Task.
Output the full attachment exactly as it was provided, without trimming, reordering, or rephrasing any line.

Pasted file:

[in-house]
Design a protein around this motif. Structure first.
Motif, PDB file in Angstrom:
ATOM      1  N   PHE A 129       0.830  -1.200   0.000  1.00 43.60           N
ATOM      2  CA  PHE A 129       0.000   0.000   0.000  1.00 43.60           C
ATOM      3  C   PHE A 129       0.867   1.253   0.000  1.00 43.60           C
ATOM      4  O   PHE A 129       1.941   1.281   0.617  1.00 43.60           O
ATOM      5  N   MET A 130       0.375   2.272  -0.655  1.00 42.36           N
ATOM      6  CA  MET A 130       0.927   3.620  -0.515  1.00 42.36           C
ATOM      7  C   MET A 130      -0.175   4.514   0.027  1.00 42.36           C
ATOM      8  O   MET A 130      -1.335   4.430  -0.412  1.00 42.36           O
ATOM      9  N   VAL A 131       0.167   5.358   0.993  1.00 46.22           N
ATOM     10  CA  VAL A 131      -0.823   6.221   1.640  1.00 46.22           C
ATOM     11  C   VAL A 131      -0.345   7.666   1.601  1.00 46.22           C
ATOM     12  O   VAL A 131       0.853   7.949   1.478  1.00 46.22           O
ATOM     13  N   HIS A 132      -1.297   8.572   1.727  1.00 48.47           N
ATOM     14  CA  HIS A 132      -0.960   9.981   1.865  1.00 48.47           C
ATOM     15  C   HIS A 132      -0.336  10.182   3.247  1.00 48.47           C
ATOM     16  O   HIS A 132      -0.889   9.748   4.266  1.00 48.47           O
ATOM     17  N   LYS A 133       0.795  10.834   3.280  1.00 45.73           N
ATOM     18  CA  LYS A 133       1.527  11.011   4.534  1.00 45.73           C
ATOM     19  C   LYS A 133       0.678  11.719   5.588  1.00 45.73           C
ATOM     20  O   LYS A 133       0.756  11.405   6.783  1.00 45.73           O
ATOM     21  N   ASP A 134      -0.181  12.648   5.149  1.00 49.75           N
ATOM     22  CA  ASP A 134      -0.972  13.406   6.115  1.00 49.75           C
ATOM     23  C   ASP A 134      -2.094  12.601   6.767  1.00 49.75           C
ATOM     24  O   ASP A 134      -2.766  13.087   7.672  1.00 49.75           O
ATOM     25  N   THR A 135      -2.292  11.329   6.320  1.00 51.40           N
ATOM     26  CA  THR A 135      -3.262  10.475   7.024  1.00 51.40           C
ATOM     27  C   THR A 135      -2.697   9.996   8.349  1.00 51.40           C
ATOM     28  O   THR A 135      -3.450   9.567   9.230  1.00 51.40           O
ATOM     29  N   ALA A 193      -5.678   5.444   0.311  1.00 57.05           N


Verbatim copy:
[in-house]
Design a protein around this motif. Structure first.
Motif, PDB file in Angstrom:
ATOM      1  N   PHE A 129       0.830  -1.200   0.000  1.00 43.60           N
ATOM      2  CA  PHE A 129       0.000   0.000   0.000  1.00 43.60           C
ATOM      3  C   PHE A 129       0.867   1.253   0.000  1.00 43.60           C
ATOM      4  O   PHE A 129       1.941   1.281   0.617  1.00 43.60           O
ATOM      5  N   MET A 130       0.375   2.272  -0.655  1.00 42.36           N
ATOM      6  CA  MET A 130       0.927   3.620  -0.515  1.00 42.36           C
ATOM      7  C   MET A 130      -0.175   4.514   0.027  1.00 42.36           C
ATOM      8  O   MET A 130      -1.335   4.430  -0.412  1.00 42.36           O
ATOM      9  N   VAL A 131       0.167   5.358   0.993  1.00 46.22           N
ATOM     10  CA  VAL A 131      -0.823   6.221   1.640  1.00 46.22           C
ATOM     11  C   VAL A 131      -0.345   7.666   1.601  1.00 46.22           C
ATOM     12  O   VAL A 131       0.853   7.949   1.478  1.00 46.22           O
ATOM     13  N   HIS A 132      -1.297   8.572   1.727  1.00 48.47           N
ATOM     14  CA  HIS A 132      -0.960   9.981   1.865  1.00 48.47           C
ATOM     15  C   HIS A 132      -0.336  10.182   3.247  1.00 48.47           C
ATOM     16  O   HIS A 132      -0.889   9.748   4.266  1.00 48.47           O
ATOM     17  N   LYS A 133       0.795  10.834   3.280  1.00 45.73           N
ATOM     18  CA  LYS A 133       1.527  11.011   4.534  1.00 45.73           C
ATOM     19  C   LYS A 133       0.678  11.719   5.588  1.00 45.73           C
ATOM     20  O   LYS A 133       0.756  11.405   6.783  1.00 45.73           O
ATOM     21  N   ASP A 134      -0.181  12.648   5.149  1.00 49.75           N
ATOM     22  CA  ASP A 134      -0.972  13.406   6.115  1.00 49.75           C
ATOM     23  C   ASP A 134      -2.094  12.601   6.767  1.00 49.75           C
ATOM     24  O   ASP A 134      -2.766  13.087   7.672  1.00 49.75           O
ATOM     25  N   THR A 135      -2.292  11.329   6.320  1.00 51.40           N
ATOM     26  CA  THR A 135      -3.262  10.475   7.024  1.00 51.40           C
ATOM     27  C   THR A 135      -2.697   9.996   8.349  1.00 51.40           C
ATOM     28  O   THR A 135      -3.450   9.567   9.230  1.00 51.40           O
ATOM     29  N   ALA A 193      -5.678   5.444   0.311  1.00 57.05           N